Folk Beliefs and Worship of Chao Pho Hanuman in Thai Society คติความเชื่อและพิธีกรรมการนับถือ "เจ้าพ่อหนุมาน" ในสังคมไทย

Main Article Content

Rattanaphon Chuenka
Panupong Udomsilp
Sukanya Sujachaya


This research paper aims to examine “Hanuman cult” in Thai society from documents gathered from field studies during 2019-2021, which have been analyzed and interpreted by folklore methodologies. The research brings about this following revelation: there are eight Hanuman shrines today, namely, 1) Chao Pho Kamhaeng Hanuman Shrine in Taling Chan District, Bangkok 2) Chao Pho Hanuman Shrine in Chomthong District, Bangkok 3) Luang Pho Hanuman Shrine, Samut Songkhram Province 4) Somdet Phra-ong Than Hanuman Shrine, Kanchanaburi Province 5) Chao Hanuman Shrine, Phetchaburi Province 6) Chao Pho Hanuman Shrine, Prachuap Khirikhan Province 7) Chao Pho Hanuman Shrine (Hanuman’s swamp), Prachinburi Province and 8) Chao Pho Hanuman Shrine (Hanuman’s tributary), Prachinburi Province. All reflect that Hanuman cult has been originally derived from Ramakien, Siamese-versioned Ramayana, then this divine monkey is worshipped as a sacred spirit amongst the Central Thai as well as can be categorized into six aspects – 1) Hanuman (along with natural monkeys) as a guardian spirit 2) Hanuman Placenames 3) sacred floating sculpture of Hanuman 4) sculpture of Hanuman 5) Hanuman’s spirit mediums and 6) the belief of Phra Ram and Phra Lak’s monkey soldier. Hanuman cult, herein, can be assumingly traced back to “guarding spirit worship” based on indigenous belief, Buddhism, Hinduism and Chinese belief.


Download data is not yet available.

Article Details

บทความวิจัย (Research Article)


Amornwanitsak, S. (2016). Chaopho Khaotok: The Thai Guardian Angel that Became a Chinese God. International Journal of East Asian Studies, 20(2), 1-21.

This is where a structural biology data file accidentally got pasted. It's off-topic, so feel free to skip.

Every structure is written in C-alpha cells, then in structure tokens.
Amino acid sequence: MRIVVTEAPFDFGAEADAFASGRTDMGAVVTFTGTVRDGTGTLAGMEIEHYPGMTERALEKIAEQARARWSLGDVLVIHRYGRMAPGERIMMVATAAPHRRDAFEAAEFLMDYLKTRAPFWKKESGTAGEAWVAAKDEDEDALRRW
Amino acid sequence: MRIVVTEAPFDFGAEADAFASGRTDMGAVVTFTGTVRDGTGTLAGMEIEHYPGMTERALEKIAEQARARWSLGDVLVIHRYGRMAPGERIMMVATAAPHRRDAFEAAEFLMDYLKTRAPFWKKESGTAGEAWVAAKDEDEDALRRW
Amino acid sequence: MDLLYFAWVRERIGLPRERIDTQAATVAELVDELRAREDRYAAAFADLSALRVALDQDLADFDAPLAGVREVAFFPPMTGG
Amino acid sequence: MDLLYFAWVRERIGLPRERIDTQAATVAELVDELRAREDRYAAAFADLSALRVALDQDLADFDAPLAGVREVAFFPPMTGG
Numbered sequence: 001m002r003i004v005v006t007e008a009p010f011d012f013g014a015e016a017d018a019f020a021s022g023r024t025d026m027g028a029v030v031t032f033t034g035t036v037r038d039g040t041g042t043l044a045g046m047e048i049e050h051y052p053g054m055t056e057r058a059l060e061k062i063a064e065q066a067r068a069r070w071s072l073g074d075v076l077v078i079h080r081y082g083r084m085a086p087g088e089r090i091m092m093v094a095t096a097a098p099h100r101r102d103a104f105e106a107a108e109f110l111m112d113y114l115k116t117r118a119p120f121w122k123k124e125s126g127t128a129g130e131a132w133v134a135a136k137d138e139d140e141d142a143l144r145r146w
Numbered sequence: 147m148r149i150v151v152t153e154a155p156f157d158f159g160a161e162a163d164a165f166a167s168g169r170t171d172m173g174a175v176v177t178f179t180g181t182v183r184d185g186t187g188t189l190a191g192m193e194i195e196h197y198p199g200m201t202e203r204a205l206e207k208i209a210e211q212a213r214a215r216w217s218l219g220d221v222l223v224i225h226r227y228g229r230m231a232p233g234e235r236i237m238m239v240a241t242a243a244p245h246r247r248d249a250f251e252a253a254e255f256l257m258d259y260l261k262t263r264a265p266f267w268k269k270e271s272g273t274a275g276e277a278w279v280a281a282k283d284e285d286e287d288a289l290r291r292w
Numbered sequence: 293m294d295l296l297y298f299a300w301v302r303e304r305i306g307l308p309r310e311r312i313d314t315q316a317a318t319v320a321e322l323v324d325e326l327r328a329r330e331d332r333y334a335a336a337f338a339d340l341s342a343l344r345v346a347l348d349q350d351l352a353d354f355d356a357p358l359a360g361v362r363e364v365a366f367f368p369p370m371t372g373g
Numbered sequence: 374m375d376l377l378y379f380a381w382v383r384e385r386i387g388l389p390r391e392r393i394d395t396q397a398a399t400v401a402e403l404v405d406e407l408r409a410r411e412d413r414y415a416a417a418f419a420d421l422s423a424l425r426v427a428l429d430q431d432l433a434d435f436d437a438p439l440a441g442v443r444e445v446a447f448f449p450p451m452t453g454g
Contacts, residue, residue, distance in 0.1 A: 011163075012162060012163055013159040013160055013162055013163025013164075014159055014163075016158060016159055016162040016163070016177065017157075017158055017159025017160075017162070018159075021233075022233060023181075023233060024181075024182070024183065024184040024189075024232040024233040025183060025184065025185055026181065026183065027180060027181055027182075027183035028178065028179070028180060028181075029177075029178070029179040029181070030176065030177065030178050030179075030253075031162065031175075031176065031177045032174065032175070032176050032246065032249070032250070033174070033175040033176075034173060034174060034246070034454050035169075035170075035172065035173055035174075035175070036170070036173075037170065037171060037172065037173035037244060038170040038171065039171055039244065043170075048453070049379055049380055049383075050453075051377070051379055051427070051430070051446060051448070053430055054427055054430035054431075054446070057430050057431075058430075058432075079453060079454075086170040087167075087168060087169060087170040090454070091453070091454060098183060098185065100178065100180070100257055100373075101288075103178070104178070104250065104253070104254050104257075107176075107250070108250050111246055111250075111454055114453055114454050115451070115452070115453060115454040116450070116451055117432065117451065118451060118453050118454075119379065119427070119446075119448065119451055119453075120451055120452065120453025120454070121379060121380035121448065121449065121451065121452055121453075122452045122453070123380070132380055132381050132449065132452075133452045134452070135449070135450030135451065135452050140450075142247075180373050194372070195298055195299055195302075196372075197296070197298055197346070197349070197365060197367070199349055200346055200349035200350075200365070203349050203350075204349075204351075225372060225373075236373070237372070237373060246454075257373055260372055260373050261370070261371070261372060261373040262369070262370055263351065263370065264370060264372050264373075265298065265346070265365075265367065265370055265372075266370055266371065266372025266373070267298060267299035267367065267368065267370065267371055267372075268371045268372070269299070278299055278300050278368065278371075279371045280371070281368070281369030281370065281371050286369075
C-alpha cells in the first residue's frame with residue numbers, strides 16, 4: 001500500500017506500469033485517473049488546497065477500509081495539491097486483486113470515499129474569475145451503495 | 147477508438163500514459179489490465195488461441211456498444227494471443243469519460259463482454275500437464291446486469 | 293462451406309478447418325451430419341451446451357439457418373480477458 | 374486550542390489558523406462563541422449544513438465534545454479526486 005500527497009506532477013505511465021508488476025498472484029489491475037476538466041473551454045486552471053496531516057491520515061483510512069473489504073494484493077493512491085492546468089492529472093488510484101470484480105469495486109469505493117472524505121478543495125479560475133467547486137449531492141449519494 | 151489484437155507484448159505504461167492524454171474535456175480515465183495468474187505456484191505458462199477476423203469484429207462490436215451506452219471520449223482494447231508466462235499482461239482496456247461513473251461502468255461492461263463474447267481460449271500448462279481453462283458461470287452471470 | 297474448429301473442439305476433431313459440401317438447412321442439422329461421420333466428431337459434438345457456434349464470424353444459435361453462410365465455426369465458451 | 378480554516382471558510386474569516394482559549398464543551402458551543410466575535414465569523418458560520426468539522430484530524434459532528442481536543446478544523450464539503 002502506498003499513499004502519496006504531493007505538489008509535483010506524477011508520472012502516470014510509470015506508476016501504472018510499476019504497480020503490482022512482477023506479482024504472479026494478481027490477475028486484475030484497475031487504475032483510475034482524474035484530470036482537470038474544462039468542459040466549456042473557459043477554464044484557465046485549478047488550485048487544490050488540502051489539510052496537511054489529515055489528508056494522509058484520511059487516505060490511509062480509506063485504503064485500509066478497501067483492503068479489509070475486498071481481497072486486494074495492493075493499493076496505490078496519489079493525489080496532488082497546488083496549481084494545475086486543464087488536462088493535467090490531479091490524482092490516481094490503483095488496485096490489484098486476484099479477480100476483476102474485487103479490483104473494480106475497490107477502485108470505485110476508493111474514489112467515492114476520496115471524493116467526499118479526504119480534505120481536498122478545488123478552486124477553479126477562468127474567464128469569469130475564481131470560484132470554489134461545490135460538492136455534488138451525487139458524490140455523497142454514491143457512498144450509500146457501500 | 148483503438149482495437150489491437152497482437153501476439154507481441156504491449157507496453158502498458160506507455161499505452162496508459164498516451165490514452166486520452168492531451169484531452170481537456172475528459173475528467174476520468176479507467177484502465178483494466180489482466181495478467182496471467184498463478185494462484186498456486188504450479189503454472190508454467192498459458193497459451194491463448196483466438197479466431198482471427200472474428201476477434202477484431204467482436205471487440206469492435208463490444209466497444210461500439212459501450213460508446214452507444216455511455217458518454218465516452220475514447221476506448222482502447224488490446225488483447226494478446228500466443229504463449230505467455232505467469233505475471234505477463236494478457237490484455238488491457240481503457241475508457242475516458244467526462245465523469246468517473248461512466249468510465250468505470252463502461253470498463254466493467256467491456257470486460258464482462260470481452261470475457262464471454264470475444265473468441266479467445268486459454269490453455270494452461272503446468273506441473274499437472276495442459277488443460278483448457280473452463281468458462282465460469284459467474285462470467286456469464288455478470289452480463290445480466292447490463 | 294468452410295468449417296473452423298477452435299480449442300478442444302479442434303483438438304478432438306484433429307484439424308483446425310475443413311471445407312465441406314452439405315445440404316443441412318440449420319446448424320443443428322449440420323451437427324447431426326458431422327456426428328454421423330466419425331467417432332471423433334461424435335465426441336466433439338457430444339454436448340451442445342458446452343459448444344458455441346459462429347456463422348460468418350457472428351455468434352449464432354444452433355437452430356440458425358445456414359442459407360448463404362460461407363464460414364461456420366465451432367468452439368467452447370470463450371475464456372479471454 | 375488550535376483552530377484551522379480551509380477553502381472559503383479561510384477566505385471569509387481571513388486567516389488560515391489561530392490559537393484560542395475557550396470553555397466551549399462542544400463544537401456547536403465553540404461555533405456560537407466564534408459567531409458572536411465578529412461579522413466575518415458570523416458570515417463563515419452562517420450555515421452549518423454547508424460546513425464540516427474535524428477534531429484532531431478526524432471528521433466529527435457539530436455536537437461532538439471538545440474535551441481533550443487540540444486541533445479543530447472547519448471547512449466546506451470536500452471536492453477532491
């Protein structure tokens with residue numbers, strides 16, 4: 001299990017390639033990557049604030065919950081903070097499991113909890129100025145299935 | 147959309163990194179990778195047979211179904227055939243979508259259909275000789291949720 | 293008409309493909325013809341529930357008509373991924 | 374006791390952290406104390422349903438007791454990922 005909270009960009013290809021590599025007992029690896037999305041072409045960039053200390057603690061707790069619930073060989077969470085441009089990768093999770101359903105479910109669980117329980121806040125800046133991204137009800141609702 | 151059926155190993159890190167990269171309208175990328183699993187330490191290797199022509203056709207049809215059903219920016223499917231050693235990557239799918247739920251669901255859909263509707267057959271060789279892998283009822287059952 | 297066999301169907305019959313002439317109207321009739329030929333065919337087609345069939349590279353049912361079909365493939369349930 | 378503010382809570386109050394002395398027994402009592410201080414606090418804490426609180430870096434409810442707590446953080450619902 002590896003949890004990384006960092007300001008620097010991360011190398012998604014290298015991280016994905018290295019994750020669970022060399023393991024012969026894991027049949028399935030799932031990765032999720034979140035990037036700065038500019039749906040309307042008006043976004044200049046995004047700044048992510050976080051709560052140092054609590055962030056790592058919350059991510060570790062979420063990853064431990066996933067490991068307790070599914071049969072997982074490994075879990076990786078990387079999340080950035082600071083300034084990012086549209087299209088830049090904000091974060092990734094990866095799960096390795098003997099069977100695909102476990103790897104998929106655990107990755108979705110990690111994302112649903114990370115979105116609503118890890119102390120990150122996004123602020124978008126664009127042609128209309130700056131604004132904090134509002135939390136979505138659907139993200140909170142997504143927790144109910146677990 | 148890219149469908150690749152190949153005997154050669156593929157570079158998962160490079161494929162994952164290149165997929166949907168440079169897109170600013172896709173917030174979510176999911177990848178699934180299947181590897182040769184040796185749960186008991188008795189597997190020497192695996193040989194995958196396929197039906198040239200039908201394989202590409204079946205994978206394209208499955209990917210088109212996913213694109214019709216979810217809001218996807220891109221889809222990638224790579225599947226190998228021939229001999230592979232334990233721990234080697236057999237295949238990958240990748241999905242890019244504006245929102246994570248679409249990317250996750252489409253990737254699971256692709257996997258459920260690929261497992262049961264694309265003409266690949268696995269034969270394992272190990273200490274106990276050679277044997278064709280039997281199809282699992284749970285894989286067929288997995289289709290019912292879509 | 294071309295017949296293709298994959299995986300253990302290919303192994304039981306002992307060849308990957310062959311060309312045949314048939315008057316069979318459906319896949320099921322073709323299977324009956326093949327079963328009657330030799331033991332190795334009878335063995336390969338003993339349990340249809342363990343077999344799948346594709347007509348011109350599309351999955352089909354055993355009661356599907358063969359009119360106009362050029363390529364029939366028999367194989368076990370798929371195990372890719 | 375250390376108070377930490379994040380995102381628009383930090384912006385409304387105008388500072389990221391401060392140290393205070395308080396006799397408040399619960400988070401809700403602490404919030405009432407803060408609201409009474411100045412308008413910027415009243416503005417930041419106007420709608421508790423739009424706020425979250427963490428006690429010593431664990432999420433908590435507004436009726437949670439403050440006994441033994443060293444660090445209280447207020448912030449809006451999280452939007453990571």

Jeennoon, P. (2004). An Analysis of Hunuman in Various Versions of The Ramakien (Master’s Thesis). Silpakorn University, Nakhon Pathom.

Jirapas, J. (2004). Heng Chia: From Literature to Monkey God. Bangkok: Matichon.

Kabin Sub-district Municipality. (2007). 50 years of Kabin Sub-district Municipality. Prachinburi: Ban Punam.

Nathalang, S. (2012). Village and City Guardian Spirits Persistence of Belief and Ritual Concerning Guardian Spirits in Current Thai-Tai Societies. Journal of Thai Studies, 8(1), 41-68.

Nimmanahaeminda, P. (2003). The Story of Rama in Tai Societies. Ramayana Symposium. Conference Report of the Story of Rama, Ramayana, Ramakien at Chulalongkorn University, Bangkok.

Onura, N. (2019, December 25). Interviewed by Rattanaphon Chuenka [tape recording]. Yisan District, Samut Songkhram.

Puriwanchana, S. (2005). The Characteristics of Mythical Legend of Riverine and Coastal Areas in Central Thailand (Master’s Thesis). Chulalongkorn University, Bangkok.

Sathienkoses. (1952). The Instrument of Ramakien. Bangkok: Fine Arts Department.

Songsiri, W. (2001). The Myth and Ritual of Khun Phu Sriracha: Reflection on The Socio-Cultural Integration in Yisan Village (Master’s Thesis). Silpakorn University, Bangkok.

Thaihom, M. (2020, March 21). Interviewed by Rattanaphon Chuenka [tape recording]. Taling Chan District, Bangkok.

The First Infantry Battalion, Infantry Center. (2014). Commemorative of The Founding of The First Infantry Battalion, Infantry Center. Prachuap Khirikhan: The First Infantry Battalion, Infantry Center.

Wisessaeng, J. (2020, December 19). Interviewed by Rattanaphon Chuenka [tape recording]. Chomthong District, Bangkok.

Wolcott, Leonard T. (1978). Hanuman: The Power-Dispensing Monkey in North Indian Folk Religion. Journal of Asian Studies, 37(4), 653-661.